PR explained by PRofessional Parents

Last year we asked the youngest members of our families what a “typical” day at the office looks like, receiving incredibly accurate responses (and others not so much) from PR(e)-schoolers between eight months and seven years old.

As we once again prepare to celebrate Family Day, this year we looked to the older, wiser generation: our parents and grandparents, curious about what they think we do for a living. Between questions on whether we are eating right, or eating enough, or when we’re going to bring their grandchildren over, have we done a good job sharing with them the complexities and joys of the PR business? You be the judge.

 

“Hi, Nana. When people ask you what I do, how do you explain PR/communications?”

 “Have not been asked.”

–  Nana Nancy, grandmother to Maggie

 

So, after asking Nana, we revised our approach to the question:

 

“IF someone were to ask you what I do, how do you explain PR?”

 “I would say you are a public relations manager.” (okay…literal description of job title) “I would also tell them that you represent certain clients and also have staff you manage. You follow social media regarding their image and make suggestions to improve it. And you are down on King Street.” (Fact. We are on King Street)

– Terry, mom to Catherine

 

“You work with companies and train them on how to do PR work.”

– Tim, dad to Kelly

 

“Basically, you are a ghostwriter and communication through different types of media. You fix problems or pump up good things…And I think you are probably AMAZING at it too. Xoxo.” (Aww. She is amazing!)

– Michelle, mom to Erin

 

 I say you work in communications and that companies need your good services to help solve certain problems.” (“great services”, if I do say so myself!)

– Louisette, mère de Anne

 

“I tell people that you suggest/manage communication for your clients, to their customers, and/or tell them how best to sell their products/ideas. You arrange to get your clients on TV/radio, or into print/electronic media. You also coach companies on how to do damage control properly, after they screw up. Mostly, I tell everyone that you’re a genius.” (Aww pt. 2)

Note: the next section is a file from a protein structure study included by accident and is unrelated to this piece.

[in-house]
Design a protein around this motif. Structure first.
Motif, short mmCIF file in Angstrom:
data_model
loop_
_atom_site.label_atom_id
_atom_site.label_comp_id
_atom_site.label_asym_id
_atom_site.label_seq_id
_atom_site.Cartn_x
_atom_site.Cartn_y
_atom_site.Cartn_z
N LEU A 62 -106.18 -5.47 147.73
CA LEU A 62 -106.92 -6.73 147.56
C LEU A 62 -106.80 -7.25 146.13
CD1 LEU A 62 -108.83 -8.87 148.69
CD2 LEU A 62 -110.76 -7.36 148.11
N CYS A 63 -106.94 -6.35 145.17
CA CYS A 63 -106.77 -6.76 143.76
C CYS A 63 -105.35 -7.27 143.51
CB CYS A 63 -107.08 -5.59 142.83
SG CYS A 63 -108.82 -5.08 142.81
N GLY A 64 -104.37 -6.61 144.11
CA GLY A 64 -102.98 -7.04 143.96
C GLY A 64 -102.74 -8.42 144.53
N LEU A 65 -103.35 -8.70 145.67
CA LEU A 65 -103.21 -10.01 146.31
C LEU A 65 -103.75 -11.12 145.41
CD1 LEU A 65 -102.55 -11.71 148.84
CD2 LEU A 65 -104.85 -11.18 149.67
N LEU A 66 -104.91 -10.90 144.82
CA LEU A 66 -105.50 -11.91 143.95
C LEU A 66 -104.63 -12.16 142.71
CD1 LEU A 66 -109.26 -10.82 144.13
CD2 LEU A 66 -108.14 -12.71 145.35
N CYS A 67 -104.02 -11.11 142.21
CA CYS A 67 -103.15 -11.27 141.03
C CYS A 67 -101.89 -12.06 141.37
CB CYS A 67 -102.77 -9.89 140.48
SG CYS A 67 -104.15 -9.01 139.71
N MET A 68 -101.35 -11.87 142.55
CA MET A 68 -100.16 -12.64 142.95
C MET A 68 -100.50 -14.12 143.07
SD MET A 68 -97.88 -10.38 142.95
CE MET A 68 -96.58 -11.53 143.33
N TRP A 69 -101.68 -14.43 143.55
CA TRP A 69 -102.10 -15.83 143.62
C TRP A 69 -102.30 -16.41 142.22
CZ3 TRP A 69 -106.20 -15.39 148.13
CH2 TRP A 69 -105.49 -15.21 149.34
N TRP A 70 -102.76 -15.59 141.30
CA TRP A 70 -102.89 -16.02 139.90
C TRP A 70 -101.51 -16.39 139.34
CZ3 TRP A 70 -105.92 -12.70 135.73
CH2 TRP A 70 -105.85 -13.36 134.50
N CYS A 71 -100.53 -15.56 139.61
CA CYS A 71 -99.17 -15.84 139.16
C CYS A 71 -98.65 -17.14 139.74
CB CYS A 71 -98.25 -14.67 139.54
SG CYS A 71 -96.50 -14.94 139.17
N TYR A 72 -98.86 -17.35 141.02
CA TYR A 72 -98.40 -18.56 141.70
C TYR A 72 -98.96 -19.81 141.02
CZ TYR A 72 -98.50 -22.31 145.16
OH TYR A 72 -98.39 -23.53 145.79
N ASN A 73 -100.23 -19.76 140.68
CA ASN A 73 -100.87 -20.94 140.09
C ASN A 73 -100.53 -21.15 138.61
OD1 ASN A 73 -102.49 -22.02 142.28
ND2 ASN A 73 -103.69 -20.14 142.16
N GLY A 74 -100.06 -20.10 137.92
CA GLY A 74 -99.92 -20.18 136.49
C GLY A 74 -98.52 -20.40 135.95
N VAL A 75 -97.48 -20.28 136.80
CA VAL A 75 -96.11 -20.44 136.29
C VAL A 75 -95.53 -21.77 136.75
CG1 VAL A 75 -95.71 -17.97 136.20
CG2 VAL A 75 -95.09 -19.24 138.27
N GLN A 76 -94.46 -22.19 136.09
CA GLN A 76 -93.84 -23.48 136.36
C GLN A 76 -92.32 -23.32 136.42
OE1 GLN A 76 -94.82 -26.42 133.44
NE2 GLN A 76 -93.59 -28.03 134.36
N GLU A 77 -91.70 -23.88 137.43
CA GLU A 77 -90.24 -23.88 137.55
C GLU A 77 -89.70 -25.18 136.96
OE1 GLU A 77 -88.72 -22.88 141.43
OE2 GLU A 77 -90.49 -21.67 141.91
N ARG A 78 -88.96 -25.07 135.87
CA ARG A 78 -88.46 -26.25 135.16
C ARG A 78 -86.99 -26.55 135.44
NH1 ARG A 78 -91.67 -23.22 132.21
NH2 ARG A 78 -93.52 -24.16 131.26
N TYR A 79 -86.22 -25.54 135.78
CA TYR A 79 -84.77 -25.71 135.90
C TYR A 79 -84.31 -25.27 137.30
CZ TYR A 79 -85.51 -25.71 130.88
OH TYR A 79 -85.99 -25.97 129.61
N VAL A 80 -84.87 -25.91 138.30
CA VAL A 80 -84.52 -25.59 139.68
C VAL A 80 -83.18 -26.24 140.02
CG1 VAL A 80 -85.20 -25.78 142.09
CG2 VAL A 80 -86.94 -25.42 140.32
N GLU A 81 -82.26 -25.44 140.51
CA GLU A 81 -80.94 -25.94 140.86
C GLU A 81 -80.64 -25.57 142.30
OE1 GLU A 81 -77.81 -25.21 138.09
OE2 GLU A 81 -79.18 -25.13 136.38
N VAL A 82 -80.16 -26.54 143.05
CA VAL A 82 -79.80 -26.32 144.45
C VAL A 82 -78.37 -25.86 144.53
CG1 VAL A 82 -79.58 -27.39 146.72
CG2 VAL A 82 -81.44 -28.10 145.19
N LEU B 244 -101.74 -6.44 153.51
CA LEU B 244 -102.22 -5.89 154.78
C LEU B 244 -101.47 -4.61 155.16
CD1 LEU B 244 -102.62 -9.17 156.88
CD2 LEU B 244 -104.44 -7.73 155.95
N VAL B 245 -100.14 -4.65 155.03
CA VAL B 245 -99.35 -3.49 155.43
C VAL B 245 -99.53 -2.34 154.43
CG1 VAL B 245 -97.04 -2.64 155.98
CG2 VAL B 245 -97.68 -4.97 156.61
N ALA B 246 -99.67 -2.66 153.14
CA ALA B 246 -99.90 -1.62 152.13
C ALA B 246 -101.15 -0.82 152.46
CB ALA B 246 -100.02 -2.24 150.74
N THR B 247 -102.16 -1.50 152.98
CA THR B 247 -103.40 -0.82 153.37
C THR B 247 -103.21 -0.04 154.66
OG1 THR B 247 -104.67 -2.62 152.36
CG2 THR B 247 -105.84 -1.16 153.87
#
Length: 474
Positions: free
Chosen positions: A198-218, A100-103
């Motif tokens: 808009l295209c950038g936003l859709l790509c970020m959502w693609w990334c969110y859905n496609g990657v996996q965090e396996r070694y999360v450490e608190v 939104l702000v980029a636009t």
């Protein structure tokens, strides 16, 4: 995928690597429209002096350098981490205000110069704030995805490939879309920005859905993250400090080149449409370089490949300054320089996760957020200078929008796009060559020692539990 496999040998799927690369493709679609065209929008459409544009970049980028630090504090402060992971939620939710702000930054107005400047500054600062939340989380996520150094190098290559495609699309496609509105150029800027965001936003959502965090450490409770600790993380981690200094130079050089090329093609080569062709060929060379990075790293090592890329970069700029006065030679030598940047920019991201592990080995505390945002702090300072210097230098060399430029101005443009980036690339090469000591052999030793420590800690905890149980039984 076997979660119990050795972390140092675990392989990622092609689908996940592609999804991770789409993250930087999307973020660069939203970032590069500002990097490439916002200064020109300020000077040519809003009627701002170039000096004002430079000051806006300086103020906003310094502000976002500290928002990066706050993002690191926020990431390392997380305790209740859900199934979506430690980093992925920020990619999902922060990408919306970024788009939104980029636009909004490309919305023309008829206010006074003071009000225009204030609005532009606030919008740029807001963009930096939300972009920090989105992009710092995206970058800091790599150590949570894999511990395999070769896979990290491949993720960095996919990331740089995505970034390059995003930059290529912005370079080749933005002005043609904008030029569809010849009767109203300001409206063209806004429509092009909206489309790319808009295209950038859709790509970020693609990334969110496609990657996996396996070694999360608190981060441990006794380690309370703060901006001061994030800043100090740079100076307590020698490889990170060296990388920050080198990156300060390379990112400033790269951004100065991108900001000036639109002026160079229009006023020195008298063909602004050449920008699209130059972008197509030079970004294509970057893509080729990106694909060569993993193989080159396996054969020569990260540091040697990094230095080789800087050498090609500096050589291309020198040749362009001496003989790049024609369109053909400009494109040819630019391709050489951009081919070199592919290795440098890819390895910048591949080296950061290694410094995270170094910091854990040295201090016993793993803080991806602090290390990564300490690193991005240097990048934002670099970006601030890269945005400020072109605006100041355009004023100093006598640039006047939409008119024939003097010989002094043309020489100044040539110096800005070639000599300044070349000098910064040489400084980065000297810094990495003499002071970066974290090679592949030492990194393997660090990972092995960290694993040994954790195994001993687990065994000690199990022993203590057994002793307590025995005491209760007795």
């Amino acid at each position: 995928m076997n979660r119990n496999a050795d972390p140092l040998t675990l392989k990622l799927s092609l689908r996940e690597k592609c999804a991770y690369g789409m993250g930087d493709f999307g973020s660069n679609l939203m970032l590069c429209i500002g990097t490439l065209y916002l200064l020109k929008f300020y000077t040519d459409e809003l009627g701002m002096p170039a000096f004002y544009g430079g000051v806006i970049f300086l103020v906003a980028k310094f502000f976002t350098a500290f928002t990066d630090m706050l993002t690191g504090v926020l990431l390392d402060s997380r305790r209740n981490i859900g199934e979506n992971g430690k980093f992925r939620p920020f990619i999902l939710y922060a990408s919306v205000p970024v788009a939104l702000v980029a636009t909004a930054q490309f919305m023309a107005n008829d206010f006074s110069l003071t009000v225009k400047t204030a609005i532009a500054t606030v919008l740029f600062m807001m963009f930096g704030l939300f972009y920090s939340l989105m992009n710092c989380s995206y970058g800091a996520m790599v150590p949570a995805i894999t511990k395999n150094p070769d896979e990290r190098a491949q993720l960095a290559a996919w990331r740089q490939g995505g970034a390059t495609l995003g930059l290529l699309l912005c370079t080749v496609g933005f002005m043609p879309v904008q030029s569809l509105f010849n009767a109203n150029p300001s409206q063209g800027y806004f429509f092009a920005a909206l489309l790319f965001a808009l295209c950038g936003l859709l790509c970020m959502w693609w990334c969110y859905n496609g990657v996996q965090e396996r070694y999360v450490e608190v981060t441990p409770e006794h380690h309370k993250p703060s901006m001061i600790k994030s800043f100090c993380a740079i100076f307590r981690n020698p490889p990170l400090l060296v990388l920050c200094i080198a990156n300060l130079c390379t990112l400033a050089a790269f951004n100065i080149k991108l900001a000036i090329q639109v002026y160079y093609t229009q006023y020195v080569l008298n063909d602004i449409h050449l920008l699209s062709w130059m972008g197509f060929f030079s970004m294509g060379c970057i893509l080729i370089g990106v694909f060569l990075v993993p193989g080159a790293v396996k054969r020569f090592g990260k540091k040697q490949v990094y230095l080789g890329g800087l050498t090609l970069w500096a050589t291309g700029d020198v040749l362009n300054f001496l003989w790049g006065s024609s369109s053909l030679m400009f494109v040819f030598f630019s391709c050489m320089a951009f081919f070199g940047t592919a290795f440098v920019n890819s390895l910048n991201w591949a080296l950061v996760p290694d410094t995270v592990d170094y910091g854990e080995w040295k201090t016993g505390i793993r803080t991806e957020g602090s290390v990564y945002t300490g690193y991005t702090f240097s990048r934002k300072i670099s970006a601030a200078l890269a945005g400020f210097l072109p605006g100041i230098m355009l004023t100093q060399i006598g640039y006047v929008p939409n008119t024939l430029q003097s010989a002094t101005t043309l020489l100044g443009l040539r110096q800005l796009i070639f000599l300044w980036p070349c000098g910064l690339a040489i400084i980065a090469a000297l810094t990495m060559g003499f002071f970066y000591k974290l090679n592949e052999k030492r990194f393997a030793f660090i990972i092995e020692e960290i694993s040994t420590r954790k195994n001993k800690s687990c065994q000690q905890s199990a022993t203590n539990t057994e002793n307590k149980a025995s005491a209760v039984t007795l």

– Stephen, dad to Janine

 

“It’s only occasionally I need to elaborate to explain what you do, I may say something like you help businesses develop and communicate their messages, including helping them to get media coverage, preparing executives to speak to the media and developing communications strategies for dealing with crisis and other sensitive issues (e.g., Maple Leaf Food listeriosis crisis).” (We do a lot of issue/crisis work for sure, though we never wish them on our clients!)

– Susan, mom to Gwen

 

“I’m not 100% sure, but I imagine you provide strategic executive support for corporate communications to preserve and attract clients.” (Yep. We do this too)

– Miguel, padre de Angela

 

“I tell them that you and your business partner own and run a public relations firm.  Is that a good answer? … The comment “hope we are not in CR by ourselves” was intended for Wendy, not you.  I screwed up… Actually, if people want more info about what you do, I tell them to go to your website.” (Thanks, Peter. And thanks for being KLC’s #1 social media follower. We love seeing your comments!)

Peter, dad to David

 

While it’s clear a common response included how proud they are and how amazing they think we are (thanks mom and dad!), it is worth a mention that everything they said is… TRUE!

Working in PR involves all aspects and all forms of communication. It involves education, information and influence, being flexible and nimble and having the capacity to re-learn, re-discover and craft impactful strategies for every single project we work on.

To our families, we thank you for your endless support and encouragement. We wouldn’t be here without you.

And from our KLC family to yours, Happy Family Day!

P.S. See more from Nana Nancy on her blog: 85 and still kicking